Understand The Financial Crisis In 3 Minutes

If you or someone you know still scratches their head when trying to understand how the financial crisis began and played out, the Washington Post has a 3-minute slideshow with voiceover by business reporter Frank Ahrens that clearly and succinctly explains how it all happened. The pictures are pretty, too.

Anatomy of a Crisis [Washington Post]


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  1. panzerschreck1 says:

    this was great.

  2. LastVigilante says:

    This was very helpful in understanding this. There seemed to be a “The Titanic is unsinkable!” mindset of these mortgage-backed securities, even as the last lifeboats were launched.

    The “turning point” they provide in the slideshow is that “…in 2006 home values began to do something that few saw coming, they began to fall.” Is there any explanation as to why, all of a sudden, home values dropped (mostly) across the board?

  3. Anonymous says:

    how can you begin a dicussion of the credit/housing crisis without mentioning the community reinvestment act.it was the democreatic congress and their social engineering designed to put non-qulified buyers into homes that was the genesis of this disaster.banks were forced by congress to make loans they wouldn’t have otherwise made with the asurance that fannie and freddie would take them out.it was the “implied” government guarentee behind fannie and freddie that lent validity to the loans. wiyhout this implied guarentee the loans never would have been securitized. had barney, Chris and the socialist dems not forced banks to make these non qualified loans there wouldn’t have been loans to securitize.get the facts .

  4. tailstoo says:

    Simple math – Houses go up 20% a year, wages go up at best 3% a year. You didn’t need to be a rocket scientist to see that the house of cards would one day fall.

  5. Red_Flag says:

    I think we generally get the gist by now, if nothing but by osmosis.

  6. markio says:

    Why do we need this video? I thought it was all George Bush’s fault? Oh right, this started quite some time ago.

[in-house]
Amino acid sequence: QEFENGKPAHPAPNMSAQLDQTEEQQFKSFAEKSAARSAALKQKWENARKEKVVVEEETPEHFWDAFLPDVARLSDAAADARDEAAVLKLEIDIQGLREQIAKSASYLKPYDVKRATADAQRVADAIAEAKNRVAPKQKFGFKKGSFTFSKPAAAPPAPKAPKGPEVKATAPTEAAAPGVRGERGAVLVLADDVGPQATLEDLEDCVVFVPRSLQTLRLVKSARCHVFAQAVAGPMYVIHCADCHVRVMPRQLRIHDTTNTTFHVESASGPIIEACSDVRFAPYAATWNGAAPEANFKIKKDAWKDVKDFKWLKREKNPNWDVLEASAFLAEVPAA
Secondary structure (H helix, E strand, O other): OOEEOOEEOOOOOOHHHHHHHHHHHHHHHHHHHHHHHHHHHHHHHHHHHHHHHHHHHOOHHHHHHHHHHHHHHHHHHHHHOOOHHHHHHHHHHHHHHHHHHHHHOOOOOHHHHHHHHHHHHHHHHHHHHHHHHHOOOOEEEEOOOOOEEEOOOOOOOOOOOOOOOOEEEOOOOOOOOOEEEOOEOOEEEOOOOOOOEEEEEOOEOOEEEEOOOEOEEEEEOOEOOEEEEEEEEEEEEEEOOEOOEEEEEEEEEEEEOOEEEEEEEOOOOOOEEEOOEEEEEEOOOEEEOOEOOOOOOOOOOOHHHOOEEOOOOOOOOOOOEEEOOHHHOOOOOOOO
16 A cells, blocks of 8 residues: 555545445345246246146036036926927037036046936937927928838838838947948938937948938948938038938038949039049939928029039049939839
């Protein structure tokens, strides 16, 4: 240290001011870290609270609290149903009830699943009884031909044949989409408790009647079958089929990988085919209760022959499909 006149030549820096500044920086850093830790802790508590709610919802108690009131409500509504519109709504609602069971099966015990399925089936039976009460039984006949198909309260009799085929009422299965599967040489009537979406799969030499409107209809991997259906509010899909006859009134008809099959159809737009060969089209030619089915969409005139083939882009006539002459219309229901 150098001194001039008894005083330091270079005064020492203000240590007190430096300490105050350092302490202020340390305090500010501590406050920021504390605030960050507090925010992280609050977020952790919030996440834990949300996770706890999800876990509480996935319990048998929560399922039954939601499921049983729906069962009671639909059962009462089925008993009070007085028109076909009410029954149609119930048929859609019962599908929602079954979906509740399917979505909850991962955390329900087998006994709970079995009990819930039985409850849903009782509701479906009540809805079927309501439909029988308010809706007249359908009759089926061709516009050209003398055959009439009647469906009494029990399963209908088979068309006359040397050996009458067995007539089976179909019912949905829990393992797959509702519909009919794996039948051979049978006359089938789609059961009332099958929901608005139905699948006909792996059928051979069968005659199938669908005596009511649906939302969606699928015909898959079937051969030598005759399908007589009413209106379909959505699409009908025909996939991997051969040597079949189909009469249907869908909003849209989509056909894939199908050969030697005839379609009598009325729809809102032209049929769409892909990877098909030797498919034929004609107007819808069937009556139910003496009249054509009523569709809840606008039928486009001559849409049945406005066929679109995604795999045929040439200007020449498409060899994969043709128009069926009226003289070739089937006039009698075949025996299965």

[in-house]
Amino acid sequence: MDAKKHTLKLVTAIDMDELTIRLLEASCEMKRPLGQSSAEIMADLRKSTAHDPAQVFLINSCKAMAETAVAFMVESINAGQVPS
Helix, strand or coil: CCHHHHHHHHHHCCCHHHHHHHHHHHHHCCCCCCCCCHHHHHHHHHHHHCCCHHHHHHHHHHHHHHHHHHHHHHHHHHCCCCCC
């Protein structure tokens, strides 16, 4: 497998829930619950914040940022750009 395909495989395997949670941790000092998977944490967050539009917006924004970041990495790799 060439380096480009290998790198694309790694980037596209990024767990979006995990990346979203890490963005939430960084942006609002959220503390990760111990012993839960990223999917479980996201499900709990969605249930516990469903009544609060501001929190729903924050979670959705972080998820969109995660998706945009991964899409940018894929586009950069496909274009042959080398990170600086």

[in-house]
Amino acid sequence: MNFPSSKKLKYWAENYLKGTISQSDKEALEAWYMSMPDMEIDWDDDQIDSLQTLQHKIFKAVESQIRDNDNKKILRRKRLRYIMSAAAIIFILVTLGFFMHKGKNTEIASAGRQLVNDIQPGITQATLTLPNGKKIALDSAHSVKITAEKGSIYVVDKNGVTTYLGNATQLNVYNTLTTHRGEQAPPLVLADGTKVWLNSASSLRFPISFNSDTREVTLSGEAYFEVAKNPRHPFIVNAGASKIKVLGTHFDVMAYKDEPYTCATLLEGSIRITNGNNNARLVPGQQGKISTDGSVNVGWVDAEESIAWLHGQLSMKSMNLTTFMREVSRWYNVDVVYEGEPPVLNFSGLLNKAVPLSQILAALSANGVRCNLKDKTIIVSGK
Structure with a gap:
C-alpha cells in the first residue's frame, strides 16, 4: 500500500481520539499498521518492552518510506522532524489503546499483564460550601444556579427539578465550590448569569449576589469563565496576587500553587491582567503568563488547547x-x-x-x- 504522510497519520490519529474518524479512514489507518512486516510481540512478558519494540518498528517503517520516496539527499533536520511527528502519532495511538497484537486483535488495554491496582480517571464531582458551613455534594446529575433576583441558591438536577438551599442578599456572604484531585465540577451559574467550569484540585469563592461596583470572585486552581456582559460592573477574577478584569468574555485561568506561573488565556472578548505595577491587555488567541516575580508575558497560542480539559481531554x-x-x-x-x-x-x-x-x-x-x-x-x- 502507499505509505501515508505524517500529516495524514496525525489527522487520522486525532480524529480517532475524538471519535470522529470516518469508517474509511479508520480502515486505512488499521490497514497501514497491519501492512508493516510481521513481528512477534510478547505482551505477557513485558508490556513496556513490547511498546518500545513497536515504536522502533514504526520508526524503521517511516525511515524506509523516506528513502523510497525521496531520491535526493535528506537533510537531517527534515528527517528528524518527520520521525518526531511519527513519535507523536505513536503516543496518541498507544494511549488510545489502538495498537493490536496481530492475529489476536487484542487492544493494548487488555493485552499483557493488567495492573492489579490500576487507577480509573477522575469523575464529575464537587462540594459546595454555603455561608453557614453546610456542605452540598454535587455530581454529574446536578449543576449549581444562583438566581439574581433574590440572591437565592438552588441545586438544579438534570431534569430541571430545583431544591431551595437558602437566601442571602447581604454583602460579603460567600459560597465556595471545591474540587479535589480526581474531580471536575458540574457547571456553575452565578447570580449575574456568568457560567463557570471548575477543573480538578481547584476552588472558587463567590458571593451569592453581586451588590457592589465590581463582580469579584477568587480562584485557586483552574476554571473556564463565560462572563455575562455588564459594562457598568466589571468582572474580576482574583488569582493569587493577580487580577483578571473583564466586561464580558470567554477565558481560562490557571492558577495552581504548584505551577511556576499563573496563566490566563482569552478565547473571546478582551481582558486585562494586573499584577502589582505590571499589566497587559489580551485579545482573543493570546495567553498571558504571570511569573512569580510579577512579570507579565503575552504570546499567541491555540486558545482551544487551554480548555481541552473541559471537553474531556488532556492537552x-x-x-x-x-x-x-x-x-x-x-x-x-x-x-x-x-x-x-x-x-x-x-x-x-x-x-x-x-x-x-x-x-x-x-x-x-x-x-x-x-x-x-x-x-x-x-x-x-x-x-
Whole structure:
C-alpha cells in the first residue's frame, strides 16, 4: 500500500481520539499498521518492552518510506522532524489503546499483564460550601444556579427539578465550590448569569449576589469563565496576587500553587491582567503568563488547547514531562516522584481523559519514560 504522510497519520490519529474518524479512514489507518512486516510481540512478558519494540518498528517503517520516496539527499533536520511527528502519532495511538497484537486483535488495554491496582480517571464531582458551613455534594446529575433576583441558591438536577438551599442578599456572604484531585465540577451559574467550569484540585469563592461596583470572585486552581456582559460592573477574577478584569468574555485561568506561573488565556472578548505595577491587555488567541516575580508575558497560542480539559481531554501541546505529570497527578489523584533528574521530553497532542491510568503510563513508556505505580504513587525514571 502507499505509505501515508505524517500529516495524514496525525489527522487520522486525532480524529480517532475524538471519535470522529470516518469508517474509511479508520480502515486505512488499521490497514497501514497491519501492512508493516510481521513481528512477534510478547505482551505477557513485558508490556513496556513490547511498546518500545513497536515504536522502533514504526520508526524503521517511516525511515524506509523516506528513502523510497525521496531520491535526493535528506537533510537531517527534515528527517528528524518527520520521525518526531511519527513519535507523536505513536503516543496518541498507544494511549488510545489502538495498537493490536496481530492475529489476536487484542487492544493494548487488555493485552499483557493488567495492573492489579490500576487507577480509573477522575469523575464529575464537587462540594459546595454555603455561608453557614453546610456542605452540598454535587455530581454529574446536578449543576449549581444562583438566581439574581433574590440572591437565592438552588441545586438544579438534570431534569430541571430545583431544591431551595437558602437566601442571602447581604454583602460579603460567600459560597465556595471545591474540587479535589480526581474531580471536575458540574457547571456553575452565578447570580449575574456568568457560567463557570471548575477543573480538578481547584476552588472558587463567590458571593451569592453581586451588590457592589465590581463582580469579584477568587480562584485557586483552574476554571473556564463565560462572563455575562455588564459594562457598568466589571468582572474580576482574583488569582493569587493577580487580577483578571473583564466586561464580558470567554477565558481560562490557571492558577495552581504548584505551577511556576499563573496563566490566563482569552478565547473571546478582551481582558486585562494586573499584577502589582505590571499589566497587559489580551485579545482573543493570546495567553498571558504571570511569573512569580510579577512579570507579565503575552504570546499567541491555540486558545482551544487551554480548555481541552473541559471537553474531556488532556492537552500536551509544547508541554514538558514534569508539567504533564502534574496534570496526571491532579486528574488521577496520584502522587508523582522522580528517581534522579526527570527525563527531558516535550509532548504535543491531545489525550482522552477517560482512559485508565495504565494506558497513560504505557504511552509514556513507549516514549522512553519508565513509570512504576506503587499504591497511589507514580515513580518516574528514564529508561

7. sam-i-am says:

    I’m gonna be honest – I’m a bit tired of all these “financial crisis explained” videos and stuff. Is it really that hard to figure out? I see a new one of these every day or two. Americans are not that stupid.

    • BeerFox says:

      @sam-i-am: Me too. Fortunately, I think we’re looking at an ‘Explain the Financial Crisis’ bubble, which should burst fairly soon!

      • ELC says:

        @BeerFox: Apparently a lot of Americans are/were. It was they who took that crappy mortgages. They couldnl’t have been loaned if no one was there to take them.

  8. Truth-Teller says:

    Any student who has taken Finance 101 should know that the method of calculating the Annual Percentage Rate in the Truth in Lending Act (TILA) of 1968 is an antiquated, untrue, Nominal APR … the rate for a payment period multiplied by the number of payment period in a year. The mathematically-true, Effective APR is the rate for a period compounded for the number of payment periods in a year. TILA allows a 1/8% (0.125%) tolerance of accuracy in the lender expression of the Nominal APR.
    In monthly payments the Effective APR is over 1/8% from the Nominal APR beginning at 6% (Nominal) APR.
    On a Pay Day Loan, where a 14-day posted-dated check is given to receive a loan of $100 then, the Nominal APR(as if alway reported accurately by consumer groups) is 391% (15/100)*(365/14). The mathematically-true, Effective APR is 3724% ((15/100)+1)^(365-14)-1.
    The number of 1/8 percents that the Effective APR is different than the Nominal APR is 26,664 (3724-391)/0.125. Is 26,664 less than 1??? According to the current method of calculation … the answer is “Yes”!
    Congress could change to calculation by merely changing the word “Nominal” to “Effective” and the words ” … multiplied by …” to “compounded for”.

  9. Tigerman_McCool says:

    Glad we got that cleared up…